Karin Henkel turns Prokofiev's opera "The Gambler" into an ingenious piece of music theater
Epilepsy, a gambling addiction and a murderous deadline. Just a selection from the list of ailments and circumstances that surrounded the conception of Fyodor Dostoyevsky's The Gambler. Lack of money and a resulting strangulation contract with a publisher (he would lose the rights of all of his works when he wouldn't meet the deadline) forced Dostoyevsky to write a novel within four weeks. Drawing on his own experience as a gambling addict, he wrote The Gambler, a story about a man who looks back on his own downfall.
In 1915 Sergej Prokofiev started to write an opera, based on this story of Dostoyevsky. He took out the retrospective view and told the story in the present time. For her production for Opera Vlaanderen of The Gambler, director Karin Henkel brings back the flashback of the novel. It is her first opera production but her third production concerning a piece of Dostoyevsky. In a clever staging she shows her affinity with the writer and his talent to put moral decay and dormant lunacy in a gripping narrative.
In addition to the perspective of hindsight, Henkel provides the main character, Aleksej, with a double. It is with him that the opera begins. Aleksej, or rather his doppelganger, wakes up in a hotel and tries to recollect the last eight months of his life. He tries to reconstruct his own deterioration - hoping to see something, if only a glimpse, of his real self in all those memories. Aleksej's doppelganger is played by dancer Miguel do Vale who is, from a narrative point of view, the real protagonist of this story.
An opera with a dancer in the lead. A dancer who physically responds to the story that he sees passing by in his memory. Karin Henkel, together with set designer Muriel Gerstner, let the story take place on a stage that consists of three levels. Three levels within which we see present, past, reality and dream depicted without sharp distinction. It's a deliberately chaotic whole in which Henkel, with great dramatic and comical effect, shows the decay of Aleksej and the moral deprivation of the people around him.
In composing The Gambler, Prokofiev was largely inspired by Modest Mussorgsky and his opera "The Marriage". An opera in which Mussorgsky took the rhythm of spoken word as a guiding principle for the writing of the vocal lines. He thus came to an opera consisting solely from recitatives: an "Opera Dialogue". In The Gambler, speech simulation - a musical translation of voice proxies, something that would in Janacek's operas reach a certain zenith - and martellato, a hammering staccato, results in a piece of music theatre that is filmish rather than it is operatic. One will look in vain for an aria - or a beautiful melody in the sung text (the lover of Italian opera has been warned). The arioso recitativo of the dialogues, which are largely copied 1-on-1 from Dostoyevsky's novel, are almost continuously agitated in character. The aspect of contemplation of Dostojevski's novel is a bit left to it. In interludes with spoken texts, coming from the novel, Henkel gives Prokofiev's opera some relief. She grants us a few moments in which we are given a more intimate look into the inner world of Aleksej.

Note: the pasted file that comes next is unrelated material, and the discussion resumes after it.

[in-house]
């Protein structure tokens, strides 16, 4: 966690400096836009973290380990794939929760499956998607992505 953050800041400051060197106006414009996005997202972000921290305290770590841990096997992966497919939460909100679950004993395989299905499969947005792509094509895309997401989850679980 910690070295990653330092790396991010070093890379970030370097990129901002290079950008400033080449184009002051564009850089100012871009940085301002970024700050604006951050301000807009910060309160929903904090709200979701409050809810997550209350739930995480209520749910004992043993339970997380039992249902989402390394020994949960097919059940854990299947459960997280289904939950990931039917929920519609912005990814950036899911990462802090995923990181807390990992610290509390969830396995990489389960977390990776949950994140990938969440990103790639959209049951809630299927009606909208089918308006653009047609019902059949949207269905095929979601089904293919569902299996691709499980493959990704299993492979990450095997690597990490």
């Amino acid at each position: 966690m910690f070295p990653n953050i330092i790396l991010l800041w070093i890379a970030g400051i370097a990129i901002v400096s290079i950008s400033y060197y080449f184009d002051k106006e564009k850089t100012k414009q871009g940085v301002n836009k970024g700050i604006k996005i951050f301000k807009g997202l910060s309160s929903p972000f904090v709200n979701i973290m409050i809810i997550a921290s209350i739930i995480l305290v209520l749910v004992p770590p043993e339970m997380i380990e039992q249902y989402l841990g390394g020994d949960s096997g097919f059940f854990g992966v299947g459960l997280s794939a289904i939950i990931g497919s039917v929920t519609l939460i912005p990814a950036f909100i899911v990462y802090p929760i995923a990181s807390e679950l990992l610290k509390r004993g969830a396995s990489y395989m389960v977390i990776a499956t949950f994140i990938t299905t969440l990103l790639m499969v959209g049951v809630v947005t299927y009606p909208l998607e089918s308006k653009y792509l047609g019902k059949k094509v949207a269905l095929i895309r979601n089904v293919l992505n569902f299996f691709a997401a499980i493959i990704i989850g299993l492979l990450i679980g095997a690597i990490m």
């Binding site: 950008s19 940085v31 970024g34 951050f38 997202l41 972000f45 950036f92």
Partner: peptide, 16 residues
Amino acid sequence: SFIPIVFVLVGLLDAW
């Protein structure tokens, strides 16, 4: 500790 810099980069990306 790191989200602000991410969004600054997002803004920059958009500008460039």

The Sprechstimme and Sprechgesang in, let's say, Wozzeck, don't stop that opera from making an emotional impact and although The Gambler certainly makes its mark, it's the Russian-kind of Sprechgesang together with the language that keeps the story, for me, at a certain distance. The question rises whether a text-based opera like The Gambler would benefit from a translation in, for instance, English. That one, rather than listening to sounds that doesn't make it into meaningful words, gets a better grasp of the finesse of the speech simulation when one hears it in a language that one is, more or less, familiair with. That the idea that lies behind this way of writing vocal lines becomes more eminent, literally more meaningful, and results, eventually, in a performance that is, in the end, a more engaging one. (As the English translation of "The Makropulos Case" did. That recording of an ENO-production did shed some light in Janacek for me.)
In an opera that doesn't dwell on beautiful arias, with music that is more orientated on action than melody, the acting of the singers is, even more than usual, as important as their singing. Ladislav Elgr as Aleksej and Anna Nechaeva as Polina perform that task, together with the rest of the cast, more than adequately. But it is Dostoyevsky-expert Karin Henkel - with an ingenious staging in which she does justice to both Prokofiev's musical wit and sarcasm as well the stratification of Dostojevski's novel - who is the real star of the evening.
Opera Vlaanderen 17 June 2018
Dates: 13 June until 7 July 2018
Conductor: Dmitri Jurowski
Regie: Karin Henkel
Decor: Muriel Gerstner
Polina: Anna Nechaeva
Aleksej: Ladislav Elgr
The General: Eric Halfvarson
Babulenka: Renée Morloc
The Marquis: Michael J. Scott
Blanche: Kai Rüütel
- Wouter de Moor